July 3: U.S. Marines take positions along a tree line in the Nawa district in Afghanistan's Helmand province.
July 2: A U.S. Marine takes up a fighting position after off loading from a helicopter during the start of Operation Khanjar.
U.S. Marines pushed deeper into Taliban areas of southern Afghanistan on Friday, seeking to cut insurgent supply lines and win over local elders on the second day of the biggest U.S. military operation here since the American-led invasion of 2001.
On the other side of the border, U.S. missiles struck a Pakistani Taliban militant training center and communications center, killing 17 people and wounding nearly 30, Pakistani intelligence officials said.
Both U.S. operations were aimed at what President Barack Obama considers as the biggest dangers in the region: a resurgent Taliban-led insurgency allied with al-Qaida that threatens both nuclear-armed Pakistan and the U.S.-backed government in Afghanistan.
The 4,000-strong U.S. force met little resistance Friday as troops fanned out into villages in Afghanistan's southern Helmand province, although one Marine was killed and several others were wounded the day before, U.S. officials said.
Despite minimal contact, the Marines could see militants using flashlights late Thursday to signal one another about American troop movements.
Military spokesman Capt. Bill Pelletier said the goal of the Helmand operation was not simply to kill Taliban fighters but to win over the local population — a difficult task in a region where foreigners are viewed with suspicion.
Marines also hope to cut the routes used by militants to funnel weapons, ammunition and fighters from Pakistan to the Taliban, which mounted an increasingly violent insurgency since its hard-line Islamist government was toppled in 2001 by an international coalition.
The new U.S. operation will test the Obama administration's new strategy of holding territory to let the Afghan government establish a presence in rural areas where Taliban influence is strong.
As Operation Khanjar, or "Strike of the Sword," entered its second day, Marines took control of the district centers of Nawa and Garmser, and negotiated entry into Khan Neshin, the capital of Rig district, Pelletier said.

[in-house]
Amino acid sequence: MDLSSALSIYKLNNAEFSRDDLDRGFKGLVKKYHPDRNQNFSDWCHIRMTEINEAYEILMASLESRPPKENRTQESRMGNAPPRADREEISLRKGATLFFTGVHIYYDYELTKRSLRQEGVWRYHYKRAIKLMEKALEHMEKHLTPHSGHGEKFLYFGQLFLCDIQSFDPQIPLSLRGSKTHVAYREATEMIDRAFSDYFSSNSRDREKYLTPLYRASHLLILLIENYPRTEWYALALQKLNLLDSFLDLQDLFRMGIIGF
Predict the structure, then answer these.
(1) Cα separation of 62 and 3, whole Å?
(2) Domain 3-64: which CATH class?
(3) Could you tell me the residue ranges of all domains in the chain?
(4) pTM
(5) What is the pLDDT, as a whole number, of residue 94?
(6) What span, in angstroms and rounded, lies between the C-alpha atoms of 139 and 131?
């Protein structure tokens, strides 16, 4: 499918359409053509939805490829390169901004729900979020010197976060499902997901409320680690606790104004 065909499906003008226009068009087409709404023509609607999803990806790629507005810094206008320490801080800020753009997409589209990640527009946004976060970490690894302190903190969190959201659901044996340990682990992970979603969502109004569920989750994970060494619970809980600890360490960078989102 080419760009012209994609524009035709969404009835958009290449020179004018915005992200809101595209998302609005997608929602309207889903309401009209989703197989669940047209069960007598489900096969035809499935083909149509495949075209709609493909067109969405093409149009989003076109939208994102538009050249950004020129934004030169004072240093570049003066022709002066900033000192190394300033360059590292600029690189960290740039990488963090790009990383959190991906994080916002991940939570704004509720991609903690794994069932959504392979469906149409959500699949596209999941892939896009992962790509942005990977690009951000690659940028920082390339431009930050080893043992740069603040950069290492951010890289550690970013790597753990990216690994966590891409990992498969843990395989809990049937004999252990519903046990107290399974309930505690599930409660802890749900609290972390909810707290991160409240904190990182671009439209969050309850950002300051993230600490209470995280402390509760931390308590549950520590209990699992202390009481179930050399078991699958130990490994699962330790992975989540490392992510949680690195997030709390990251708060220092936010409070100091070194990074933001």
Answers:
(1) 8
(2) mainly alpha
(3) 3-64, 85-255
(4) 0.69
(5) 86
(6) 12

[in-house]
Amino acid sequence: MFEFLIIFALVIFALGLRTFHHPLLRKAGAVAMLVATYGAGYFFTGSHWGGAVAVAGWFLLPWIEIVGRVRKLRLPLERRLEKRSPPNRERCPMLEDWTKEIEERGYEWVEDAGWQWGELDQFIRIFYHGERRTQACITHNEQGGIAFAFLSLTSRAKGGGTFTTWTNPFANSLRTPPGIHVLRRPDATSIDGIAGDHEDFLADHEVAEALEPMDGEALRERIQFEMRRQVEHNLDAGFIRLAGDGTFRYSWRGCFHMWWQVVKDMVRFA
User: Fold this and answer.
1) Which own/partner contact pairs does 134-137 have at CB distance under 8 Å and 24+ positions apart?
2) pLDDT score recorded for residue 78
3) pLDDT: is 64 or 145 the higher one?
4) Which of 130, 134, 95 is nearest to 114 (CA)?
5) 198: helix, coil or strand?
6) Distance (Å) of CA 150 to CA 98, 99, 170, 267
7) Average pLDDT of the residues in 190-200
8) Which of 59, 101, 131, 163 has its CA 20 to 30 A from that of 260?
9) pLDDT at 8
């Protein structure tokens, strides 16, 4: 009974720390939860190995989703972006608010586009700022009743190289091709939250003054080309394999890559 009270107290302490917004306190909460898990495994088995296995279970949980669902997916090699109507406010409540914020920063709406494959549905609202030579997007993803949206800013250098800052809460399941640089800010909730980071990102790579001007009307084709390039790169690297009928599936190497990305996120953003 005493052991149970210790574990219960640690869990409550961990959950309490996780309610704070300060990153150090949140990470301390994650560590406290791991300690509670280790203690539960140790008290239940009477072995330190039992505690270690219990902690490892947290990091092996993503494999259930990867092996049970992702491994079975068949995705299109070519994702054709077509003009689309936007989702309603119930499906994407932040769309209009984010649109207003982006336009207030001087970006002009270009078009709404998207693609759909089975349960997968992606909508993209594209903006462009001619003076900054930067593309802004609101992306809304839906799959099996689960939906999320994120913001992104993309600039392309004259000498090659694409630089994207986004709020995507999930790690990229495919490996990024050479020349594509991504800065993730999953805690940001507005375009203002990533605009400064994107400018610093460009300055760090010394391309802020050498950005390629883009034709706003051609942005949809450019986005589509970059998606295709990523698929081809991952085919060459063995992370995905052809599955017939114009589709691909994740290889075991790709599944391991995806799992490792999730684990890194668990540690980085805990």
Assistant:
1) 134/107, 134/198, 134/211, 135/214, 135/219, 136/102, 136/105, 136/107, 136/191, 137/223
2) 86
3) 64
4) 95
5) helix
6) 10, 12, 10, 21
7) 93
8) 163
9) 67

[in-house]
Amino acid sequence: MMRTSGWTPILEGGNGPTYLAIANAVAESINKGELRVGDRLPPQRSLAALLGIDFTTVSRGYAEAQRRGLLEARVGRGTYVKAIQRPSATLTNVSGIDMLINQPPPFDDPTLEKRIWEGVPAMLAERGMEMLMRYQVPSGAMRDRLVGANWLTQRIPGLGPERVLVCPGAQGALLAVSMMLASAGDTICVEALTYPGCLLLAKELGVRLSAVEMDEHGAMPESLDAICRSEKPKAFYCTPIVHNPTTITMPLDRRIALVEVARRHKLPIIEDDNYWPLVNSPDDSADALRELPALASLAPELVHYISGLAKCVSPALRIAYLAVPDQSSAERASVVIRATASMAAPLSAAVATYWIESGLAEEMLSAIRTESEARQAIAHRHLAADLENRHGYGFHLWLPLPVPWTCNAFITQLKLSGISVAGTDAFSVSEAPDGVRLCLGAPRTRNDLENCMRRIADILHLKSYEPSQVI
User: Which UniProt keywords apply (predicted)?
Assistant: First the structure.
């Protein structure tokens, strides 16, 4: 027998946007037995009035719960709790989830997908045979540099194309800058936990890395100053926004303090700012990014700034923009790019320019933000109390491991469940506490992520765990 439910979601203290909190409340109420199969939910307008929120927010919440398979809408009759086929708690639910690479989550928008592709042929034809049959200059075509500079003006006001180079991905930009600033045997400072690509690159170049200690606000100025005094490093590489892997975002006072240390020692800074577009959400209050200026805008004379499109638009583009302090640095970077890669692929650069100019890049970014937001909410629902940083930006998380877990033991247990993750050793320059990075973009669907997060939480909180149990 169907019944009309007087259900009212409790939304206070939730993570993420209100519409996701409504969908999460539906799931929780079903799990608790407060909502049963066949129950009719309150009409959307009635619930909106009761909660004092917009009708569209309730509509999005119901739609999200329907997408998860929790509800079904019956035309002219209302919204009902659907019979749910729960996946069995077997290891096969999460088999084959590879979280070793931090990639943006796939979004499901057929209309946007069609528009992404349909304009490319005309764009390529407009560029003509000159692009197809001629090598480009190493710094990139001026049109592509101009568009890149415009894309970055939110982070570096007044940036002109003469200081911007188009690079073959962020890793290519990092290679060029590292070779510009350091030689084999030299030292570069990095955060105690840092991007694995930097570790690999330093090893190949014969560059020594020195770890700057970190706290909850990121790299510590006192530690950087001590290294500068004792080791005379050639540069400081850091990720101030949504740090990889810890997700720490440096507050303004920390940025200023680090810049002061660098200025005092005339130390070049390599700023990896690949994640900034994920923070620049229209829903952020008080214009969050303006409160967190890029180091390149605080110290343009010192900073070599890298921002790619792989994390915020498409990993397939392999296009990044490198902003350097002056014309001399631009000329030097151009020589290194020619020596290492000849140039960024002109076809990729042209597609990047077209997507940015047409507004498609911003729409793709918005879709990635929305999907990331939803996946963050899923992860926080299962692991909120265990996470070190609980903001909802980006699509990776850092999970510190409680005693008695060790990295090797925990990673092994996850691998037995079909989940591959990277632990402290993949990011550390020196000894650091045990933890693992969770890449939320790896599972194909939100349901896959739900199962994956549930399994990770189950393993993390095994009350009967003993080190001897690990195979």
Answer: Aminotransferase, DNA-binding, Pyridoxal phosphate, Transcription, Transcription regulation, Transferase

In Nawa, Marines met with about 20 Afghan men and boys, seeking to reassure them that the Americans wanted to protect them from the Taliban.
"Are you going to enter our houses?" asked Mohammad Nabi, 25, who was there with five of his younger brothers. "We are afraid that you will leave, and the Taliban will come back."
They also complained that local police were thieves not to be trusted.
Marine officers promised not to enter homes and said they would remain in the area to keep out the Taliban.
One elder with a gray beard asked the Marines whether they would prevent residents from saying Muslim prayers. The troops assured him they would not.
In one village near Nawa, however, the atmosphere was tense.
"When we asked if they had a village elder or mullah for the American commander to talk to, the answer was no," said Capt. Drew Schoenmaker, a Marine company commander. "It's fear of reprisal. Fear and intimidation is one thing the enemy does very well."
Taking territory from the Taliban has always proved easier than holding it. The challenge is especially great in Helmand because it is a center of Afghanistan's thriving opium production, and drug profits feed both the insurgency and corrupt government officials.
On Wednesday, a British lieutenant colonel was killed in an explosion in Helmand. Lt. Col. Rupert Thorneloe, commander of the 1st Battalion Welsh Guards, was the highest-ranking British officer killed in Afghanistan.
The missile attacks in Pakistan on Friday occurred about 620 miles (1,000 kilometers) east of Helmand in the rugged South Waziristan region, according to two officials who spoke on condition of anonymity because they were not authorized to release the information.
The area is a Taliban stronghold close to the Afghan border where Pakistani troops are gearing up for a major offensive.
Two missiles struck an abandoned seminary in the village of Mantoi used as a training base by militants from Pakistani Taliban leader Baitullah Mehsud's group, the officials said. In the other strike, one missile hit an insurgent communications center in the nearby village of Kokat Khel, they said.
In total, 17 people were killed and 27 others were wounded, they said.
However, Maulvi Noor Syed, an aide to Mehsud, told The Associated Press that only three Taliban fighters died in the strikes.
Also Friday, U.S. troops continued looking for an American soldier believed captured by insurgents, Navy Chief Petty Officer Brian Naranjo said. The soldier and three Afghans with him went missing on Tuesday in the eastern Paktika province
There was no immediate public claim of responsibility from any insurgent group. Much of the area is controlled by the Taliban faction led by Sirajuddin Haqqani, whom the U.S. has accused of masterminding beheadings and suicide bombings including the July 2008 attack on the Indian Embassy in Kabul that killed some 60 people.
Also Friday, Russia announced that it will allow the U.S. to ship weapons across its territory to Afghanistan, providing Washington an alternative route to supply its forces in the landlocked country.
Up until now, Russia has allowed the U.S. to ship non-lethal supplies across its territory for operations in Afghanistan, and Kremlin officials had suggested further cooperation was likely.